Now you and I can argue about whether we think Guyger's claim that she "honestly perceived that she was in her own apartment" was BS or not (I certainly think it was, fight me), but the good news is that the jury's verdict didn't address her honesty. The precedent that has been set is that a false perception that you have a legal right to be where you are isn't good enough for Stand Your Ground to apply.
 

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Good.

If this person had been allowed to forcefully break into someone else's home and shoot them "in self defense" the justice system in Dallas would truly have become a complete parody of itself.
Just a point of fact; she didn’t “forcefully break in”. The door was slightly ajar, apparently they’ve had problems at that complex with the front doors not latching properly.

But at any rate, I believe that she was rightly found guilty, and I hope she spends a long, long time behind bars.
 
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Beebo Brink

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There's a thing called "Castle Doctrine"...
Somewhere in the articles I've read, there was mention that the jury asked how the Castle Doctrine would pertain to Jean, not just Guyger. Whether Jean would have been justified in shooting the police officer who stormed his apartment. So trying to use that concept for the defense may not have been as effective as her lawyers hoped.
 

Innula Zenovka

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Now you and I can argue about whether we think Guyger's claim that she "honestly perceived that she was in her own apartment" was BS or not (I certainly think it was, fight me), but the good news is that the jury's verdict didn't address her honesty. The precedent that has been set is that a false perception that you have a legal right to be where you are isn't good enough for Stand Your Ground to apply.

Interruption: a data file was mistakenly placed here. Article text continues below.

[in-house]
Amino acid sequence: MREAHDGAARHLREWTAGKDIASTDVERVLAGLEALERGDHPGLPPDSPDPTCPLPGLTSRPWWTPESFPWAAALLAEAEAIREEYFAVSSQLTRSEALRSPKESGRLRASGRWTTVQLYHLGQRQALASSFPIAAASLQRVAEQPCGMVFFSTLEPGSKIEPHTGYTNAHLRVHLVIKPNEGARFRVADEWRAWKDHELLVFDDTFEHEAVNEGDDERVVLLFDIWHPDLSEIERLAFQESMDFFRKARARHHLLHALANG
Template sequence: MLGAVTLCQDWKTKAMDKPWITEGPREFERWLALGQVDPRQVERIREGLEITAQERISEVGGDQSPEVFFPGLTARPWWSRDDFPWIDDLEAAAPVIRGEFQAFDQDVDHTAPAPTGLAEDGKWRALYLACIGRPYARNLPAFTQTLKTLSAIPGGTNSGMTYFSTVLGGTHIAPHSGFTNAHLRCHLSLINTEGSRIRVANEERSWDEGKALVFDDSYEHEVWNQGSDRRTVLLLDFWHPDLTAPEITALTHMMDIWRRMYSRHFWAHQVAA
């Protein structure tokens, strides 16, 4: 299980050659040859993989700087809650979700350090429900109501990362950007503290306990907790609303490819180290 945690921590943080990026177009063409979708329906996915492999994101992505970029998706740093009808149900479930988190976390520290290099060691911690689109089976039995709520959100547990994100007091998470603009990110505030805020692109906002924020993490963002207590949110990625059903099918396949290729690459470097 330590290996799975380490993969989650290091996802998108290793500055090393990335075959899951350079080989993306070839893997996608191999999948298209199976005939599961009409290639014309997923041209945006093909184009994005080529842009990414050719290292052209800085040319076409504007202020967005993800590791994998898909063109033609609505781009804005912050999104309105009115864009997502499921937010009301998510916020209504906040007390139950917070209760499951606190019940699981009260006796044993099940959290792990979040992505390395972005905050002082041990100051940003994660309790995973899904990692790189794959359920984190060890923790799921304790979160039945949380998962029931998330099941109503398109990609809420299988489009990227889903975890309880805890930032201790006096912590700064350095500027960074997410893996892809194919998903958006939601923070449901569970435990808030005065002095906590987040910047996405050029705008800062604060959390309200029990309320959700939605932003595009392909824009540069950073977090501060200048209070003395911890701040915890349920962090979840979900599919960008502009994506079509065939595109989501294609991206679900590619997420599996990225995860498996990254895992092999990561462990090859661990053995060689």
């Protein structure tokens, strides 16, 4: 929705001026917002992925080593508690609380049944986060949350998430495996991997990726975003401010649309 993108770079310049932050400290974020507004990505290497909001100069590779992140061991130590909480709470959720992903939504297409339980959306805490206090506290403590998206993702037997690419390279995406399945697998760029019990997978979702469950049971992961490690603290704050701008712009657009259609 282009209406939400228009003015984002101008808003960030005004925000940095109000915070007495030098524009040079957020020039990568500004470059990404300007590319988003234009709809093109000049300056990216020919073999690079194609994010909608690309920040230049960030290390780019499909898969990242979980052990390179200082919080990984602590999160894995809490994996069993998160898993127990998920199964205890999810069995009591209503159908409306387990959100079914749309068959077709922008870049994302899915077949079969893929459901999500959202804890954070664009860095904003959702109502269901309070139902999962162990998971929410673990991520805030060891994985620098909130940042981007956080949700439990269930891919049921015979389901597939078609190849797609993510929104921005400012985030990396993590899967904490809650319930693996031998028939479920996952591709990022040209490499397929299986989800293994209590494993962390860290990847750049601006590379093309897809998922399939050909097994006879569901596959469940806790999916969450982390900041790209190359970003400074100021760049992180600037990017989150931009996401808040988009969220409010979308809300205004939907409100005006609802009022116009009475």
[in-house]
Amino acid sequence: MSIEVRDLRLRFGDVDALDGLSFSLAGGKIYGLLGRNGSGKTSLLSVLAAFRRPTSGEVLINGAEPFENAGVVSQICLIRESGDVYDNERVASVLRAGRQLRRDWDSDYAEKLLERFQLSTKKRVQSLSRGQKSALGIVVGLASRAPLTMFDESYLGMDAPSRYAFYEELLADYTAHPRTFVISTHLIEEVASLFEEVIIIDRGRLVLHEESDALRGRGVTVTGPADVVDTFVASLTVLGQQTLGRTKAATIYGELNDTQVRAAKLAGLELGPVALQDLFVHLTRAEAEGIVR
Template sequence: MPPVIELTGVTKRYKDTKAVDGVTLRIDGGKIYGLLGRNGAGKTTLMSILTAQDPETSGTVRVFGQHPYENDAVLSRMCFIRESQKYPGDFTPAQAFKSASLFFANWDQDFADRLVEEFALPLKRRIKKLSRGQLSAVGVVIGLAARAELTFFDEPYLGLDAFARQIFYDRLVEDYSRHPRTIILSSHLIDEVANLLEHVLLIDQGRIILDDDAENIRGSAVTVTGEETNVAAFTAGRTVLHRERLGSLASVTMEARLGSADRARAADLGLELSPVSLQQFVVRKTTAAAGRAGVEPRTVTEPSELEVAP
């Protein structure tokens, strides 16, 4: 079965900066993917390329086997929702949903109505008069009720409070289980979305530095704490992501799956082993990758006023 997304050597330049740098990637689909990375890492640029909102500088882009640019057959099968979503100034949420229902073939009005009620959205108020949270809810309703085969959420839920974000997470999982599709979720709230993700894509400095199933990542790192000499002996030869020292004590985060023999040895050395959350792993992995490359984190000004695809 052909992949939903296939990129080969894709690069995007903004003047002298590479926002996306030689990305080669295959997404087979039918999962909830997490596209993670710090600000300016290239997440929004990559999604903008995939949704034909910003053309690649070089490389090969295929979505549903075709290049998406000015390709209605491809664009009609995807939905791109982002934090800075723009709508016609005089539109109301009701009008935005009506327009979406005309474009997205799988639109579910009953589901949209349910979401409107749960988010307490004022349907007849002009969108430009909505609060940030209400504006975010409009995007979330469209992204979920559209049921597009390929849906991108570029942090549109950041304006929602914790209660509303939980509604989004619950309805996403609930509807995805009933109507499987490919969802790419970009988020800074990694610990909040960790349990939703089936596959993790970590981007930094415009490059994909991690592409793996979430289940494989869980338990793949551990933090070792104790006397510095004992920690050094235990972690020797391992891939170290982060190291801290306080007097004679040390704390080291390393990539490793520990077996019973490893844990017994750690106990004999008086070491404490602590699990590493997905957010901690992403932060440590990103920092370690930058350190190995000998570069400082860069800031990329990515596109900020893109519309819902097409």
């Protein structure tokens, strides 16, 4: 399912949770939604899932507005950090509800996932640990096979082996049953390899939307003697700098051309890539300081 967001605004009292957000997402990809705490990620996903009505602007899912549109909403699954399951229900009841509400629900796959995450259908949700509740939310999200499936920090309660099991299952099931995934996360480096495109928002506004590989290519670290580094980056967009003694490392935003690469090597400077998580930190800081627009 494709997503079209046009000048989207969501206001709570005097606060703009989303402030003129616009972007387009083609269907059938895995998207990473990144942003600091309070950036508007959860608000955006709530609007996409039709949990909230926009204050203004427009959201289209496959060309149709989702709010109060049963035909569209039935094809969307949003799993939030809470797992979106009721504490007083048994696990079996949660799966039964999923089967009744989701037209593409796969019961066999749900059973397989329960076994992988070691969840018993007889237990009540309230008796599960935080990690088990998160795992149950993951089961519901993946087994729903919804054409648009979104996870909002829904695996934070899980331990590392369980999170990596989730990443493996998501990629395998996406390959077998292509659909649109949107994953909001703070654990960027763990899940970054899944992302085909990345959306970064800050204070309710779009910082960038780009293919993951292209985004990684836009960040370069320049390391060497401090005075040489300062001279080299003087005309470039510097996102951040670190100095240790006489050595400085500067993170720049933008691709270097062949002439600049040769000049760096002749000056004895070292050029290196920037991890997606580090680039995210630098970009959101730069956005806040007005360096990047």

No, juries don't set precedents. They reach findings as to facts and apply the law to them as directed by the judge.

For a precedent to be set, one side or the other would have appeal to a superior court on the grounds the judge had misdirected the jury on the question of whether a false perception of where you are is good enough for "Stand Your Ground" to be available.

The superior court's decision might well then set a precedent, but a jury's decision can do no such thing. All we can legitimately infer from the verdict is that the jury rejected her account of the events surrounding the shooting, nothing more.

I still don't understand, however, what difference "Stand your ground" is supposed to make in these circumstances.

In the UK, the only question for the jury, assuming they accepted her story about not realising she was in the wrong apartment and genuinely believed she was in her own apartment and the man of the couch was an intruder, would be, "did shooting him represent reasonable force, given her understanding of the the circumstances"?

The prosecution would have asked her questions to elucidate the point, such as "Did he appear to be armed?", "Did he make any movements or gestures you interpreted as suggesting he was about to attack you?", "How are you, as a police officer, trained to deal with a suspect in such circumstances?" and "Why did you consider it more reasonable to shoot him than to retreat and call for backup?

If I live in a stand your ground state and encounter a burglar in my house who immediately surrenders, puts his hands in the air and assures me he doesn't have a weapon, presumably I'm not allowed to shoot him regardless of whether he appears to present a threat or not, since that would unreasonable.

So how does "no duty to retreat" come into it? Isn't that implied anyway by the obligation to use reasonable force?